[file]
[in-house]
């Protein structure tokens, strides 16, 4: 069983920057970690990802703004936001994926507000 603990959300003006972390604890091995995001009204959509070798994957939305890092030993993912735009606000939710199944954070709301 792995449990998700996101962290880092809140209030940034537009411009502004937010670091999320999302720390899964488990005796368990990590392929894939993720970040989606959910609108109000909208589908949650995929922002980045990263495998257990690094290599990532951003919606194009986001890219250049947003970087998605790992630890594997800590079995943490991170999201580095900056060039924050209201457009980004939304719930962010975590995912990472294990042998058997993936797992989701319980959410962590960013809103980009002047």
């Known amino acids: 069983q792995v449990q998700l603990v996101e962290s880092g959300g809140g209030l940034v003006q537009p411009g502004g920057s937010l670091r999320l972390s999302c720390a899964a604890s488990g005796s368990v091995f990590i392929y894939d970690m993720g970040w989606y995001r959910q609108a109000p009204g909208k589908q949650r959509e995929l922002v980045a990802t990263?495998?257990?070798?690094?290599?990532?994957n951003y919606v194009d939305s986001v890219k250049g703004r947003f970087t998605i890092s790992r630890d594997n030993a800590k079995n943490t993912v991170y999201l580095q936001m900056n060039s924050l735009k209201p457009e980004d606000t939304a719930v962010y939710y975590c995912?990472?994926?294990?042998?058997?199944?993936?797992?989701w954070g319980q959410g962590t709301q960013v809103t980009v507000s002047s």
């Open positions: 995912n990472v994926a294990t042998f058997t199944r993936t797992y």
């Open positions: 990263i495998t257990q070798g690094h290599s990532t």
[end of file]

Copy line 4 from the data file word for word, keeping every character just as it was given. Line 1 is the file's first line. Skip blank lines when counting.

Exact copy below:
């Open positions: 995912n990472v994926a294990t042998f058997t199944r993936t797992y």